|07-22-2008 08:08 AM|
|erickpl||No, that is all part of the product. I got my 2 cans and cleaning/prep stuff yesterday. After looking at my flares some more, they aren't looking too bad. I MAY end up using this do alter the color of my dash, but I'm still undecided.|
|07-19-2008 06:48 PM|
|PastorSteve||Sounds like the Av application was done by pros. Is there a different application when done at home verses professionally applied? Like UV curing or heat baking?|
|07-18-2008 07:43 AM|
|erickpl||It is definitely more expensive than Krylon, but if the coating on my Avalanche is any indication, it's gonna be a pretty strong coating. It should be here next week to give a try.|
|07-17-2008 06:34 PM|
|debruins||the key question is how much does it cost?|
|07-16-2008 07:37 AM|
My 2005 Avalanche recently had the back end/tonneau/sail panels recoated through a GM TSB that covers abnormal fade/wear. They used a product called Gatorback. Kinda like Line-X for plastic is what I think of it as. When I got it back, it look brand new! According to their techs at the dealership and the Gatorback makers, this stuff does NOT fade over time. Which would be good, cuz my Avalanche looked TERRIBLE.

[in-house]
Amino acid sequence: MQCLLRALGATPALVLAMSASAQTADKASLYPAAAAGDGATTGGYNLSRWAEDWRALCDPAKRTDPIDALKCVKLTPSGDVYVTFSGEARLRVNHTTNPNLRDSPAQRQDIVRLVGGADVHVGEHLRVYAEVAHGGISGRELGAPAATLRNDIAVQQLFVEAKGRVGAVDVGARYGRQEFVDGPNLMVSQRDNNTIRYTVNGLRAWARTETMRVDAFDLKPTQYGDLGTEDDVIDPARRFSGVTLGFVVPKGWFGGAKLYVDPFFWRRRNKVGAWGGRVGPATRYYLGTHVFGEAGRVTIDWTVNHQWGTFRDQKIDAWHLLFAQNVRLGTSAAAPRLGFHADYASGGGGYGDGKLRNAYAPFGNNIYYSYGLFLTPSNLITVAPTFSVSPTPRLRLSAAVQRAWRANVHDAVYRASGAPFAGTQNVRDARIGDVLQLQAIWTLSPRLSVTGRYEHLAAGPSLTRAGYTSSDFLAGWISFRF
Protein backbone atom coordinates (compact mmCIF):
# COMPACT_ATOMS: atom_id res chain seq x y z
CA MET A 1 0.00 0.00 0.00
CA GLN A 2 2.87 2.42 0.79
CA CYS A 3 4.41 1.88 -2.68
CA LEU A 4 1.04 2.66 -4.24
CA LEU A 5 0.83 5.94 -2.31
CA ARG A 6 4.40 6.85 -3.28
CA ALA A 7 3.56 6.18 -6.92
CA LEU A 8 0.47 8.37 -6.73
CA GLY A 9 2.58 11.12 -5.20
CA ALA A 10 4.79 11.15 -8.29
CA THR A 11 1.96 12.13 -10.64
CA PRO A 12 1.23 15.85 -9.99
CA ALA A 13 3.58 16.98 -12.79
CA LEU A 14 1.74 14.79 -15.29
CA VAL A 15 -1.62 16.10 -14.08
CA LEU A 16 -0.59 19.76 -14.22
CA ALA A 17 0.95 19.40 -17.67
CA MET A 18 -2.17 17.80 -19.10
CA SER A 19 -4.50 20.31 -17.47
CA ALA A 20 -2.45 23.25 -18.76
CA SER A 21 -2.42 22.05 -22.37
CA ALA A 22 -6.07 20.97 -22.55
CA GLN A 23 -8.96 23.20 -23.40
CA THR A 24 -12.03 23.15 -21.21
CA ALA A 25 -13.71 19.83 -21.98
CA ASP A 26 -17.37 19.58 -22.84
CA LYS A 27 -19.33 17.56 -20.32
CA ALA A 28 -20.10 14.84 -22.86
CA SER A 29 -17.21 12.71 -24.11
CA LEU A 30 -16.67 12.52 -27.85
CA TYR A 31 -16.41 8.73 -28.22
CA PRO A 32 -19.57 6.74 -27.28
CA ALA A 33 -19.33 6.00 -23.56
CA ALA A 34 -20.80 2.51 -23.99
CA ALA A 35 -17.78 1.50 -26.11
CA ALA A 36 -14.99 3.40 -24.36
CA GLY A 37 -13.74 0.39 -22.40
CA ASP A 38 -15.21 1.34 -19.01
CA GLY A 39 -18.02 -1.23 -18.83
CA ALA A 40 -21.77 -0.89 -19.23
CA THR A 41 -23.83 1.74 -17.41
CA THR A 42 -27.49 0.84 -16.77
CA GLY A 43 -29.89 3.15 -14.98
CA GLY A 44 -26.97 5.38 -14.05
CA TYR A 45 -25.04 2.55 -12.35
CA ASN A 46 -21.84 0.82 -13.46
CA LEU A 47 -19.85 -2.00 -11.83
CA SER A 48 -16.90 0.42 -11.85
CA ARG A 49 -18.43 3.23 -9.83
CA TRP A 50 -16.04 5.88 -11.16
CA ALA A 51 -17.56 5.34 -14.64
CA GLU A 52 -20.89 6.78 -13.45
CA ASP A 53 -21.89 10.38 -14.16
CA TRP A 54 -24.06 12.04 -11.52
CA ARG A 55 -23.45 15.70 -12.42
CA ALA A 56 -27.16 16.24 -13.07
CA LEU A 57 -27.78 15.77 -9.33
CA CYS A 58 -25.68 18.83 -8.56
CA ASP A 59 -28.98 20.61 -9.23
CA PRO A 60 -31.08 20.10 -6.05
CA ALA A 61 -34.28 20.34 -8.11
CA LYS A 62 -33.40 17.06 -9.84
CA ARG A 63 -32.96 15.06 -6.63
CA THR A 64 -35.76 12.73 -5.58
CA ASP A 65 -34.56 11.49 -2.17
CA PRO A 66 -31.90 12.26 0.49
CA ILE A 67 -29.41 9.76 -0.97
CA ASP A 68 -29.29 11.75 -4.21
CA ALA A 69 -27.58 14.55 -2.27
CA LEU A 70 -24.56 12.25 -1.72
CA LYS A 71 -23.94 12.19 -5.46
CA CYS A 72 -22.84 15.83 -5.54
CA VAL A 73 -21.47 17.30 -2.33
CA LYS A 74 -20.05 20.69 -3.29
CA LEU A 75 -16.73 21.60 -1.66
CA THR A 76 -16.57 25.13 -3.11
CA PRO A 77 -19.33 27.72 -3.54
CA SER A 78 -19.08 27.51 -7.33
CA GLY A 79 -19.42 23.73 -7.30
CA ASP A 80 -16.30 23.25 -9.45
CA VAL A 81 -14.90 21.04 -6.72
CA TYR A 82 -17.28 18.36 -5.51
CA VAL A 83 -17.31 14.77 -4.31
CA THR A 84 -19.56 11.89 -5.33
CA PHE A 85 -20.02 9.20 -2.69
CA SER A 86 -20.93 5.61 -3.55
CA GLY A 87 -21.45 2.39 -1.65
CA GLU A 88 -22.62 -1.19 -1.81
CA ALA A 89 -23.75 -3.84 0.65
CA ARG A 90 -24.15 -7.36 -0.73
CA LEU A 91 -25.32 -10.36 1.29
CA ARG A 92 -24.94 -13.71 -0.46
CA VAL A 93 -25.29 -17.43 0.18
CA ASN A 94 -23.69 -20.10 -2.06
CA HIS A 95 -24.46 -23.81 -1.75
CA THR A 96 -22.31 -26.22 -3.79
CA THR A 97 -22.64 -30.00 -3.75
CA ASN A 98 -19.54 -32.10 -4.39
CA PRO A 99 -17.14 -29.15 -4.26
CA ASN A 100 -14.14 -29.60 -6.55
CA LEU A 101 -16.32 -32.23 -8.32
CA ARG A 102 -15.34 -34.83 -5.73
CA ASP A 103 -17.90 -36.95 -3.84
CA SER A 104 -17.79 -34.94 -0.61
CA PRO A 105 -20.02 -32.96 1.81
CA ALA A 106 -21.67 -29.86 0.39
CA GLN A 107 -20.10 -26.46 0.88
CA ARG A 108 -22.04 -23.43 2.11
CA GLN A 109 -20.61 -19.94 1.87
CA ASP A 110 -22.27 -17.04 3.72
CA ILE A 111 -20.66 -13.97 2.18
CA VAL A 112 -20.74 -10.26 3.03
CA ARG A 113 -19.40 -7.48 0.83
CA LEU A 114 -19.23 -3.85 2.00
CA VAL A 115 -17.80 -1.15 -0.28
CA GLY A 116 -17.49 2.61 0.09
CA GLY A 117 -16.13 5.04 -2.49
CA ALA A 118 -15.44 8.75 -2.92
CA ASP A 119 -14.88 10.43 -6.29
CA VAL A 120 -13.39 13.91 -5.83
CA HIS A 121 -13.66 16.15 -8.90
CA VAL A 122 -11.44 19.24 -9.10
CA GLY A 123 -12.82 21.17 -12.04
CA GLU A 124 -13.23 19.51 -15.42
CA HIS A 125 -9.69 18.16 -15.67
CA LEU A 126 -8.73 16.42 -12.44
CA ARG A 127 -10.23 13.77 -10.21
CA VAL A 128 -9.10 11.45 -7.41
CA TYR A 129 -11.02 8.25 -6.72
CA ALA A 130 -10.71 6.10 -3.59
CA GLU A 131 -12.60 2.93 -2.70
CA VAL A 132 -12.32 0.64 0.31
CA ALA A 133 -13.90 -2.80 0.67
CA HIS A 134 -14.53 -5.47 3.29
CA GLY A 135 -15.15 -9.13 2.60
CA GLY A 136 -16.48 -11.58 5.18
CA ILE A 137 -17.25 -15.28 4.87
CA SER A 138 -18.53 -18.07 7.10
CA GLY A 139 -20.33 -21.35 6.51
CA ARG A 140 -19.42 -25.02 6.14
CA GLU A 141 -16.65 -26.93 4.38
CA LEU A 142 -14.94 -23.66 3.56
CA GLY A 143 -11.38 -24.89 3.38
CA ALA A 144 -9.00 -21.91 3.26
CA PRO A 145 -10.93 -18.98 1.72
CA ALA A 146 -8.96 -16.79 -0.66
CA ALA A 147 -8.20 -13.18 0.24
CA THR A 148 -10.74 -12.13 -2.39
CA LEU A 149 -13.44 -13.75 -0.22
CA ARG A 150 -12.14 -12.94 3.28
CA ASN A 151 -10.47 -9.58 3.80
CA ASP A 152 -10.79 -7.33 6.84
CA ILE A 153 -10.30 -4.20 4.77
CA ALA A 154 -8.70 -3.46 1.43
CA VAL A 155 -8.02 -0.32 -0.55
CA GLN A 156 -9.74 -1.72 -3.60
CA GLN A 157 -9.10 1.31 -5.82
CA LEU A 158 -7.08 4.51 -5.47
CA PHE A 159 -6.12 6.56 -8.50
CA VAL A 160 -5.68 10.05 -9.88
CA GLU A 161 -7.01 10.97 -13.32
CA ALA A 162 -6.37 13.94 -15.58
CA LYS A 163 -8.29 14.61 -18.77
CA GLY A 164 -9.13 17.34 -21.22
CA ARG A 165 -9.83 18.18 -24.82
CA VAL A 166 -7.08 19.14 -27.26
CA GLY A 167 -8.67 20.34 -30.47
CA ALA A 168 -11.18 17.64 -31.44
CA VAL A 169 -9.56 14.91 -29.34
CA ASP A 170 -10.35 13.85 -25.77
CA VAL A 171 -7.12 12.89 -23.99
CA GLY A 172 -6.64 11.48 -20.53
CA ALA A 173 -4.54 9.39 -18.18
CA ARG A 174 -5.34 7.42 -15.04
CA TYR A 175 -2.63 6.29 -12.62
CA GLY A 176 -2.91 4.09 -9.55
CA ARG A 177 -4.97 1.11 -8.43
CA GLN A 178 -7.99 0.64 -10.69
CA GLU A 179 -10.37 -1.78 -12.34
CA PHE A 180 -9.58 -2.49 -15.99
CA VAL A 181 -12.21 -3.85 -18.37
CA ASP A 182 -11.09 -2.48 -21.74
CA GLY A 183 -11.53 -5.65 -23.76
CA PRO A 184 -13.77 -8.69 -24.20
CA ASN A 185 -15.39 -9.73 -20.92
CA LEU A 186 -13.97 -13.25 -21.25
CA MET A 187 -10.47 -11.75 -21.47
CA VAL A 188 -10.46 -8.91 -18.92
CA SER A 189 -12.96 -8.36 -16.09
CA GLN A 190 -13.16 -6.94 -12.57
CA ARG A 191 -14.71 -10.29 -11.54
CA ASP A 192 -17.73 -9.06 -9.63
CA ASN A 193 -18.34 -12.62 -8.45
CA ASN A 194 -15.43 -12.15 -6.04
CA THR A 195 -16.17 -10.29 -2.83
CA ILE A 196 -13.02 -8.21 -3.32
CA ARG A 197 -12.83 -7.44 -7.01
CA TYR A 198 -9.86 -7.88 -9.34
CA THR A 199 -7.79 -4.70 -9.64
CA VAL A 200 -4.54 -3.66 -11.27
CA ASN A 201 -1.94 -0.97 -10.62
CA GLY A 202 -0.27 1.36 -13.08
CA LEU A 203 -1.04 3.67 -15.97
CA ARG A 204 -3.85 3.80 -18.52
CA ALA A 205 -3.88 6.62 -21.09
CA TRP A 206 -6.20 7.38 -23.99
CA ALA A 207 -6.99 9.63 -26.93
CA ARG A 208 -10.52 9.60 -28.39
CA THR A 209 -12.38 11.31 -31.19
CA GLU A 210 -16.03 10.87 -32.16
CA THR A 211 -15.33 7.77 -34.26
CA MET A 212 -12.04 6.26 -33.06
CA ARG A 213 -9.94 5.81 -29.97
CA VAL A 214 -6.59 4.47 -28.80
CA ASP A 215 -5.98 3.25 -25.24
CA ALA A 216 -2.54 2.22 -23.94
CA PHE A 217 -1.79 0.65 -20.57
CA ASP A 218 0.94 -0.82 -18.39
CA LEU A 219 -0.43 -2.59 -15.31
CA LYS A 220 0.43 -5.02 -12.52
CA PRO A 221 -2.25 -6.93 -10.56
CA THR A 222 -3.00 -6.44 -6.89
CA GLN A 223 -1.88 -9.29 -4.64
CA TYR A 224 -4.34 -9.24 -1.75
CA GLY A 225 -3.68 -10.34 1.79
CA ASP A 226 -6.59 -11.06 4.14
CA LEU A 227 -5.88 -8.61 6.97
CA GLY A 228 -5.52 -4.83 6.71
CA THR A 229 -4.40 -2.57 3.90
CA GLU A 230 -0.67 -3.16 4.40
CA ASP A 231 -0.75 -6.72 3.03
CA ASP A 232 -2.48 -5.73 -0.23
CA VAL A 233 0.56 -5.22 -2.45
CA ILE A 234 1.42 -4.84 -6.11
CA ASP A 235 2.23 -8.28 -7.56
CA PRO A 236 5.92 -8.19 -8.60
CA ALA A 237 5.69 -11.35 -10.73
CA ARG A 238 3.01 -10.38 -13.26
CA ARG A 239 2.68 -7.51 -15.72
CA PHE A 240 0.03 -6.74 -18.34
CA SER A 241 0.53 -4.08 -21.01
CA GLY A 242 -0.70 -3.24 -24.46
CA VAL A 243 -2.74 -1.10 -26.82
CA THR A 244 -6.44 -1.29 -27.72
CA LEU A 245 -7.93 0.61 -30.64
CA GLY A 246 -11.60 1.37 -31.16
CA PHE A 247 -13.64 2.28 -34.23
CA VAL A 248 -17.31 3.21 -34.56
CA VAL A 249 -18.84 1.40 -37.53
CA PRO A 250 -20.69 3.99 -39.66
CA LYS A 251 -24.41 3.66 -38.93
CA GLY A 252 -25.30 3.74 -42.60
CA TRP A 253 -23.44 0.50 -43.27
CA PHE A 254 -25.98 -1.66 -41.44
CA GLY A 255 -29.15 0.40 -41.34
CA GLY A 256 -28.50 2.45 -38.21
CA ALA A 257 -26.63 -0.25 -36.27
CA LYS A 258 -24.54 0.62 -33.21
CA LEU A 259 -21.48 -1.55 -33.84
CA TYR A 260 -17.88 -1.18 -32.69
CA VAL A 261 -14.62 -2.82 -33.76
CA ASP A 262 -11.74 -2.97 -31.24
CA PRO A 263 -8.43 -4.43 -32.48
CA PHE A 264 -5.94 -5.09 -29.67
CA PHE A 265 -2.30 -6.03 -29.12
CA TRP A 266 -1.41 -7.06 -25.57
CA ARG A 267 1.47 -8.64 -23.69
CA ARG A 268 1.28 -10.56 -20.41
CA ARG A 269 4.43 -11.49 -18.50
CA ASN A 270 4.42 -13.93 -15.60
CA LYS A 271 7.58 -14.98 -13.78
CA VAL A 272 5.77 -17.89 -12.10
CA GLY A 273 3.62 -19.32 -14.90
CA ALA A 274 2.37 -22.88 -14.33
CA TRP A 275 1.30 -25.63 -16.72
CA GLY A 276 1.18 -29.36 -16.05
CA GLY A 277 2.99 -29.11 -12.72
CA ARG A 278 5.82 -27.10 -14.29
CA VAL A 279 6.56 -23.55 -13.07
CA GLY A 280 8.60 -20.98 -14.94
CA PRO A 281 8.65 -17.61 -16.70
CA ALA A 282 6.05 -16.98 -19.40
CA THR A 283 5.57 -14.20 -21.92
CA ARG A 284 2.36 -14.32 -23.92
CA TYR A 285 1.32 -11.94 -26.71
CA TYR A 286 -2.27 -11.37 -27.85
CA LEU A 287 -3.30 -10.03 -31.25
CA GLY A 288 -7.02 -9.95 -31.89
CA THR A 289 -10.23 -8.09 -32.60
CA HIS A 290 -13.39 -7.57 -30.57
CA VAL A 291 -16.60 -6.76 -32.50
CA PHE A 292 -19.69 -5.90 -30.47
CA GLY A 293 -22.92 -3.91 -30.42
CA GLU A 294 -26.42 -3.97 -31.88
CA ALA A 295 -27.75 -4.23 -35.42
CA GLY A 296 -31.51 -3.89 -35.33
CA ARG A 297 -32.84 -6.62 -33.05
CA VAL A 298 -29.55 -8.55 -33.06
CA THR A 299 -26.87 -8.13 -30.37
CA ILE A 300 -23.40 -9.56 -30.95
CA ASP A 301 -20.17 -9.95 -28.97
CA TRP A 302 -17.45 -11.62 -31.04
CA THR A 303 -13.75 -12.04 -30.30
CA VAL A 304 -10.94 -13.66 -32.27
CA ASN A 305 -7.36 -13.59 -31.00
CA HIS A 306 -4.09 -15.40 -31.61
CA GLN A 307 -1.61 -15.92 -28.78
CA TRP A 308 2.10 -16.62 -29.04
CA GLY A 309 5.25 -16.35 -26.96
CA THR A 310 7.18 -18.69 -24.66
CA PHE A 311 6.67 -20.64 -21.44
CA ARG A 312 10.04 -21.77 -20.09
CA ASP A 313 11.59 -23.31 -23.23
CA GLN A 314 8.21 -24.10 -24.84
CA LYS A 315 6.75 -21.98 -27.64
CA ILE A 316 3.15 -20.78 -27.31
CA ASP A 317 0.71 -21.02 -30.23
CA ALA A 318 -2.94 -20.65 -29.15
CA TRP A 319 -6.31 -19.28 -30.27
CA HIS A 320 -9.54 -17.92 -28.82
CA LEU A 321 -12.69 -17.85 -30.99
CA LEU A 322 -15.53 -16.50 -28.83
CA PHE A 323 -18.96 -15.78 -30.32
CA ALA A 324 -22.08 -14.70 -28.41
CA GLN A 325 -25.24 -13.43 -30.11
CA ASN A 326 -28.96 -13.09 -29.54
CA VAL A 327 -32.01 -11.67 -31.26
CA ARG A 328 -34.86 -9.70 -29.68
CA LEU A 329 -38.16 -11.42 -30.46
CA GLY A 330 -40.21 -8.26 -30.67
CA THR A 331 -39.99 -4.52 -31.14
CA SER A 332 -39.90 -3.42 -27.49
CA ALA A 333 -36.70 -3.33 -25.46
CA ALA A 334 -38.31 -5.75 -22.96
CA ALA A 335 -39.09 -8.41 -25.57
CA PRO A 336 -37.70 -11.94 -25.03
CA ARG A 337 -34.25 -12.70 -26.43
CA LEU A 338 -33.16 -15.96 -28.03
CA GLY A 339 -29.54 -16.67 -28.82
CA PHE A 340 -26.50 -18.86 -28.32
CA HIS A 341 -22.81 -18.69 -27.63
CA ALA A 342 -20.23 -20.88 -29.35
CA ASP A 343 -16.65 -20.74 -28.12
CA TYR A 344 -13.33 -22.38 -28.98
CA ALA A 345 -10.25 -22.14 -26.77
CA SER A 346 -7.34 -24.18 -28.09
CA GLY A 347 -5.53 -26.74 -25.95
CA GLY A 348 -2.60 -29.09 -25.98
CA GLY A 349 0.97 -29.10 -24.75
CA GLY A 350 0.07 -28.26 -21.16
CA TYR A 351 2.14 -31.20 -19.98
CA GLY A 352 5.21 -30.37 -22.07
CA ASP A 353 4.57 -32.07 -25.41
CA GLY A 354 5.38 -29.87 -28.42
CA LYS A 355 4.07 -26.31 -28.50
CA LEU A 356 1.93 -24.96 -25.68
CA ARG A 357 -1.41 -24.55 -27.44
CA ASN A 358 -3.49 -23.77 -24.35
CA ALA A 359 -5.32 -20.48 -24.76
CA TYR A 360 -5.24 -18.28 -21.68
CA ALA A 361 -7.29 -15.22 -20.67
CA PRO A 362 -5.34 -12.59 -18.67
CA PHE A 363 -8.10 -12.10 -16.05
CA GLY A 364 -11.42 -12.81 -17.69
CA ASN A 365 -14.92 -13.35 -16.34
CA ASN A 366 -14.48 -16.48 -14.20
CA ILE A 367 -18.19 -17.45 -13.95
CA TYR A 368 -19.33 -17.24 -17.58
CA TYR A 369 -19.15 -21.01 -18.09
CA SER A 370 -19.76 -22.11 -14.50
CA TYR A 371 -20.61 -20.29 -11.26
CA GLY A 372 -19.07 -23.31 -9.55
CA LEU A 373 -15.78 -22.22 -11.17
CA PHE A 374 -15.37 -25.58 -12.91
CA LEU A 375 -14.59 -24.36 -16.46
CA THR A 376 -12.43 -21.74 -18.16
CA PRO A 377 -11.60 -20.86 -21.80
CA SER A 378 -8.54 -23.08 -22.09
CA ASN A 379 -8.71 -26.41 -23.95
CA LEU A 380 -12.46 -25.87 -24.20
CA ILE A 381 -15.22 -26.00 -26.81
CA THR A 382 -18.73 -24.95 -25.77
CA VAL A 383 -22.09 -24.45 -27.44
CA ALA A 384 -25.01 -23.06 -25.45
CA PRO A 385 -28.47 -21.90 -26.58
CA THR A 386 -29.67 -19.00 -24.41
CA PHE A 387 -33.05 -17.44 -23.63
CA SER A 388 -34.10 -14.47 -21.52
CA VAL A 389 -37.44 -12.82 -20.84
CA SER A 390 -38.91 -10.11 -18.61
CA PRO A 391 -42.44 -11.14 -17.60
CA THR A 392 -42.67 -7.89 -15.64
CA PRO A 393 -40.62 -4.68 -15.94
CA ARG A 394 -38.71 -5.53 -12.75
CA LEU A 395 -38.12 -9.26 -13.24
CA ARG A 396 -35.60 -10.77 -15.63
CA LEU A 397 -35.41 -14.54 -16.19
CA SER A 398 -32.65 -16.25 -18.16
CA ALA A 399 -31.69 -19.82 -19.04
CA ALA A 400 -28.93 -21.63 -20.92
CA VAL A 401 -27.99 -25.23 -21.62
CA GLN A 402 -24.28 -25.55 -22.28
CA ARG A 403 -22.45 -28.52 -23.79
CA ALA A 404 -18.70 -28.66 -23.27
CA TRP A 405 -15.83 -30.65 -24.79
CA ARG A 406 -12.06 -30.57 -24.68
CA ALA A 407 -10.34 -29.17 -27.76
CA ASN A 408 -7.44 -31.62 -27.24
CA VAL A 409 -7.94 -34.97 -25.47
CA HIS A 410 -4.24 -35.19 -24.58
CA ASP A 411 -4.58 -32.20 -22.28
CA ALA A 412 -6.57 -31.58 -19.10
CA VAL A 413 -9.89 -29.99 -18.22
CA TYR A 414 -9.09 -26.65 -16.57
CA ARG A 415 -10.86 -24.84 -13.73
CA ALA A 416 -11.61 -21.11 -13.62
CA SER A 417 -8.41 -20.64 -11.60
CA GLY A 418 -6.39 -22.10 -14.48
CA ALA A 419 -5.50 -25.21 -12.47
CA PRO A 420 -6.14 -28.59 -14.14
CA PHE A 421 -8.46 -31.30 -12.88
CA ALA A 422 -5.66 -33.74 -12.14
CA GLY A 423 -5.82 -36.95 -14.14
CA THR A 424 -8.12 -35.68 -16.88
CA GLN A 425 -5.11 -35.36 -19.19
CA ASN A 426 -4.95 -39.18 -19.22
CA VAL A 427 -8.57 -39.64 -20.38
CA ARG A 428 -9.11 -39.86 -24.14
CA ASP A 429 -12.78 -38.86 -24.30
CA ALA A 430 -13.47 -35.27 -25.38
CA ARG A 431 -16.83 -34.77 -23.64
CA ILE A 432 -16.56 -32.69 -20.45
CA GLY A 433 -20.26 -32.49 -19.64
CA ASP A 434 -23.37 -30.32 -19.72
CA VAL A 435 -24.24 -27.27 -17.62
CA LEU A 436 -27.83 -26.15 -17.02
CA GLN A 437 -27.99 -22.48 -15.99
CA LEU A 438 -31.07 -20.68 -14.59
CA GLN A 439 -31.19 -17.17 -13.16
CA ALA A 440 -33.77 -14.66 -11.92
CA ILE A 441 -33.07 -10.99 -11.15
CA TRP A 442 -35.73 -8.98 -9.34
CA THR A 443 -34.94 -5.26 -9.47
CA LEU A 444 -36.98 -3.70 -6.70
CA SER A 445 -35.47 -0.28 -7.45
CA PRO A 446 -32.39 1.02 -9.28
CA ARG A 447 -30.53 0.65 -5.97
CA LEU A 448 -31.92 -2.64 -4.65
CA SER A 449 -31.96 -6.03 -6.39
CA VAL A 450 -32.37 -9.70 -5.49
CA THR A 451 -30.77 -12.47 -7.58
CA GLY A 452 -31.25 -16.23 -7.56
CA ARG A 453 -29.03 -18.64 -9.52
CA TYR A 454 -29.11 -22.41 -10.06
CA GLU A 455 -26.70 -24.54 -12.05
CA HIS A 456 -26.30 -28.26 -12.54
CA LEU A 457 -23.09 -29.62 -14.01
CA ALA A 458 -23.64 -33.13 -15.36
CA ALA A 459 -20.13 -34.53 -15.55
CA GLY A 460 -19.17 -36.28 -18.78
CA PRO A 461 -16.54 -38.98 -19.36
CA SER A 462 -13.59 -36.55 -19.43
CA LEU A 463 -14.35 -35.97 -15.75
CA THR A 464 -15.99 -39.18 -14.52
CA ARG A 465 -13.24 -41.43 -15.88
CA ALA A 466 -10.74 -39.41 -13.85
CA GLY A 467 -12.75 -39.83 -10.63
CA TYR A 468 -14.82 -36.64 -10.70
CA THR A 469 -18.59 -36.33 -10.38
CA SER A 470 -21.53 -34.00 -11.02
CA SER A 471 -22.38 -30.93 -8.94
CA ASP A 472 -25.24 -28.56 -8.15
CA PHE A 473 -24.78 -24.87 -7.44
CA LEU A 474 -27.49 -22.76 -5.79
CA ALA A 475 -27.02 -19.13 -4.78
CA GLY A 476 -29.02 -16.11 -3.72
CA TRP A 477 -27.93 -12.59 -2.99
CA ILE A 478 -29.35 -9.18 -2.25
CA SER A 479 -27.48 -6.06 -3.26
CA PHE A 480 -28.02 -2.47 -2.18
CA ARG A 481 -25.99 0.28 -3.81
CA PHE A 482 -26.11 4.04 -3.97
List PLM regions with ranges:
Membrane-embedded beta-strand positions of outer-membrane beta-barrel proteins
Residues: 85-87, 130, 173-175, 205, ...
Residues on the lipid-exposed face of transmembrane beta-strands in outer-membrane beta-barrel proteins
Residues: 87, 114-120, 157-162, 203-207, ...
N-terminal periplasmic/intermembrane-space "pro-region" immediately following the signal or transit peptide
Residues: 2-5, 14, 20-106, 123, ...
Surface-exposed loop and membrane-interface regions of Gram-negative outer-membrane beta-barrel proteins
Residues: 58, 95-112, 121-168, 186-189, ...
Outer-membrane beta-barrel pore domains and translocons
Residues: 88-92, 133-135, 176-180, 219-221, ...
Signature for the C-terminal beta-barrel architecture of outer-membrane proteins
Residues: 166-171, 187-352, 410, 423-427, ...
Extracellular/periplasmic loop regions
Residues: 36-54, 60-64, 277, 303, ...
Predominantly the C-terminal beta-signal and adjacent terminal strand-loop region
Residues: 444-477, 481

Here's how it looks now:
So where does the TJ come in? Well, my flares are not doing too bad, but they are starting to fade (again). I know the Krylon Fusion for plastic solution is out there, but my experiences with it are so-so at this point. With the nature of this stuff used on my Avalanche, it got me thinking.
I contacted the manufacturer to see how well it would work on a Jeep fender flare. They stated it is durable and resistant to fade, but that doesn't make it indestructable. So I figured if it got trail damaged, I could do a touch up, just as I'd do with Krylon. They stated it should handle plastic flex, so I thought I'd give it a shot.
I should have some here soon, and when I do my other painting, I'll likely shoot some of that stuff on to my flares to see how they do.